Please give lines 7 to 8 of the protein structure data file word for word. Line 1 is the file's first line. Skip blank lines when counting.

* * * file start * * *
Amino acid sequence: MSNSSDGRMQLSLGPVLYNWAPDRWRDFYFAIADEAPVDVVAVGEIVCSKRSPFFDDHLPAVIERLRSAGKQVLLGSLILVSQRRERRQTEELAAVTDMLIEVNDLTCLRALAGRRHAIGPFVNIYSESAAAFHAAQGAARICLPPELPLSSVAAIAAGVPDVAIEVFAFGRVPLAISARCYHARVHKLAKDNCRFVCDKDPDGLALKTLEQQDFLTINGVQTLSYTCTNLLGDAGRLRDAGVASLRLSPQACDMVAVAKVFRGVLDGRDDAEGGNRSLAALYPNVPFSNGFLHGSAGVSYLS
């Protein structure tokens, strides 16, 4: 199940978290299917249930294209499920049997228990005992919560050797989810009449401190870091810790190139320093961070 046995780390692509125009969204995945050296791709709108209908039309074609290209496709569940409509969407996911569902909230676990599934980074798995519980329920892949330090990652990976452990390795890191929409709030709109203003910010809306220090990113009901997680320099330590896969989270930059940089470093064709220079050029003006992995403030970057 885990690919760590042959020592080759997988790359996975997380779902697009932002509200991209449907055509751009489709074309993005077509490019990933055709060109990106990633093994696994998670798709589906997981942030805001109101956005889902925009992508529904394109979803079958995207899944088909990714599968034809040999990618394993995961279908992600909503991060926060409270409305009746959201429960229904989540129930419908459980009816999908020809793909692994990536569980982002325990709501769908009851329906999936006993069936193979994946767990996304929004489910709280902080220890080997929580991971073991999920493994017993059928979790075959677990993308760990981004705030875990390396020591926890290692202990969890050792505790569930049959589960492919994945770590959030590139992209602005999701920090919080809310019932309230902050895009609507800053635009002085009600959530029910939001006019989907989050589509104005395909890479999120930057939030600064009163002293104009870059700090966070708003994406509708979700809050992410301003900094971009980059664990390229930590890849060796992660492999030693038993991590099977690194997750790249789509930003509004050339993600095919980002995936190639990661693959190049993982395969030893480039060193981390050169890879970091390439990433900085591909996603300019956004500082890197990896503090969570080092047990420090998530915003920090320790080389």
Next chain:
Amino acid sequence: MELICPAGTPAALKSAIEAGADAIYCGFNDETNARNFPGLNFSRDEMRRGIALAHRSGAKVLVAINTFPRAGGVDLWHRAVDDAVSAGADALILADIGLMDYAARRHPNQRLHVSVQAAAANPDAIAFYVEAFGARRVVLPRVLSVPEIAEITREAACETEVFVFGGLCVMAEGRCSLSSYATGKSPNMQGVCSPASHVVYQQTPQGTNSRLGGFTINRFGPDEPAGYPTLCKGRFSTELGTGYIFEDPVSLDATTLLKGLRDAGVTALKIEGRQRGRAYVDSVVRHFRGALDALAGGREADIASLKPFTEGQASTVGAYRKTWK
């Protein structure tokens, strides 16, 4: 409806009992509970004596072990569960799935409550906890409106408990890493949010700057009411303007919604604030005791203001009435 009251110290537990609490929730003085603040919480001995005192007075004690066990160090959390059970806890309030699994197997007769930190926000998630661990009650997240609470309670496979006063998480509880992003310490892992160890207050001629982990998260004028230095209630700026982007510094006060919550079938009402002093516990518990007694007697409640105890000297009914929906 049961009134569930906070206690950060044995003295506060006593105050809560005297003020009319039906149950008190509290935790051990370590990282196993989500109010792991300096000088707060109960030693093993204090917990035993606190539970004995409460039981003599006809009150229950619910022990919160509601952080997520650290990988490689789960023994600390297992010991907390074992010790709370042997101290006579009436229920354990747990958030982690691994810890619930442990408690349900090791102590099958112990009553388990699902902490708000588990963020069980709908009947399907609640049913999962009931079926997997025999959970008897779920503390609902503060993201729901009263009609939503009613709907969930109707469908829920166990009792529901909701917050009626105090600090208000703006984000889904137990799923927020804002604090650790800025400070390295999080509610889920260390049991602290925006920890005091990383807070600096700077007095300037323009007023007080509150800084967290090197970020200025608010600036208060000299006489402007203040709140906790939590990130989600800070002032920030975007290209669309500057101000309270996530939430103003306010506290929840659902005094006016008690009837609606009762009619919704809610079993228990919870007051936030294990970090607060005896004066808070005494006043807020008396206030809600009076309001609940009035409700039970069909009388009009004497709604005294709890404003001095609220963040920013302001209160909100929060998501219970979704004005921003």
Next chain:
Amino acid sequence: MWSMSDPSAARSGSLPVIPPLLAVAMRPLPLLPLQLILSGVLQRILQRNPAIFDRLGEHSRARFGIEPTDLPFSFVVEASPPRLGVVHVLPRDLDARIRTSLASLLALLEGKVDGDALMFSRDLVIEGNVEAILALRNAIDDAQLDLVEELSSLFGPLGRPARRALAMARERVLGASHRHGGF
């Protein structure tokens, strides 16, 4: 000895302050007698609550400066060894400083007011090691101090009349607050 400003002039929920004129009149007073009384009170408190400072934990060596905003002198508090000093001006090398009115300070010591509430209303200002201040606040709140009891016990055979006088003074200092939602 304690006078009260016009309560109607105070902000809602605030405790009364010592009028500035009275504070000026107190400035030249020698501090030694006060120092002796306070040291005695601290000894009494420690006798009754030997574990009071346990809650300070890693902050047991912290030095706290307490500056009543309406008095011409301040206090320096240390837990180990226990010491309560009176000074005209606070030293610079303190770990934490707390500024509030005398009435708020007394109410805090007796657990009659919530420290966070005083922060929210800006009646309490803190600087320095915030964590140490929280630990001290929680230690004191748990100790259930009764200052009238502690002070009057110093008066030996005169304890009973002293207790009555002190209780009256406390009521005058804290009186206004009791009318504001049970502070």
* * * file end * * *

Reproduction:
Amino acid sequence: MWSMSDPSAARSGSLPVIPPLLAVAMRPLPLLPLQLILSGVLQRILQRNPAIFDRLGEHSRARFGIEPTDLPFSFVVEASPPRLGVVHVLPRDLDARIRTSLASLLALLEGKVDGDALMFSRDLVIEGNVEAILALRNAIDDAQLDLVEELSSLFGPLGRPARRALAMARERVLGASHRHGGF
């Protein structure tokens, strides 16, 4: 000895302050007698609550400066060894400083007011090691101090009349607050 400003002039929920004129009149007073009384009170408190400072934990060596905003002198508090000093001006090398009115300070010591509430209303200002201040606040709140009891016990055979006088003074200092939602 304690006078009260016009309560109607105070902000809602605030405790009364010592009028500035009275504070000026107190400035030249020698501090030694006060120092002796306070040291005695601290000894009494420690006798009754030997574990009071346990809650300070890693902050047991912290030095706290307490500056009543309406008095011409301040206090320096240390837990180990226990010491309560009176000074005209606070030293610079303190770990934490707390500024509030005398009435708020007394109410805090007796657990009659919530420290966070005083922060929210800006009646309490803190600087320095915030964590140490929280630990001290929680230690004191748990100790259930009764200052009238502690002070009057110093008066030996005169304890009973002293207790009555002190209780009256406390009521005058804290009186206004009791009318504001049970502070």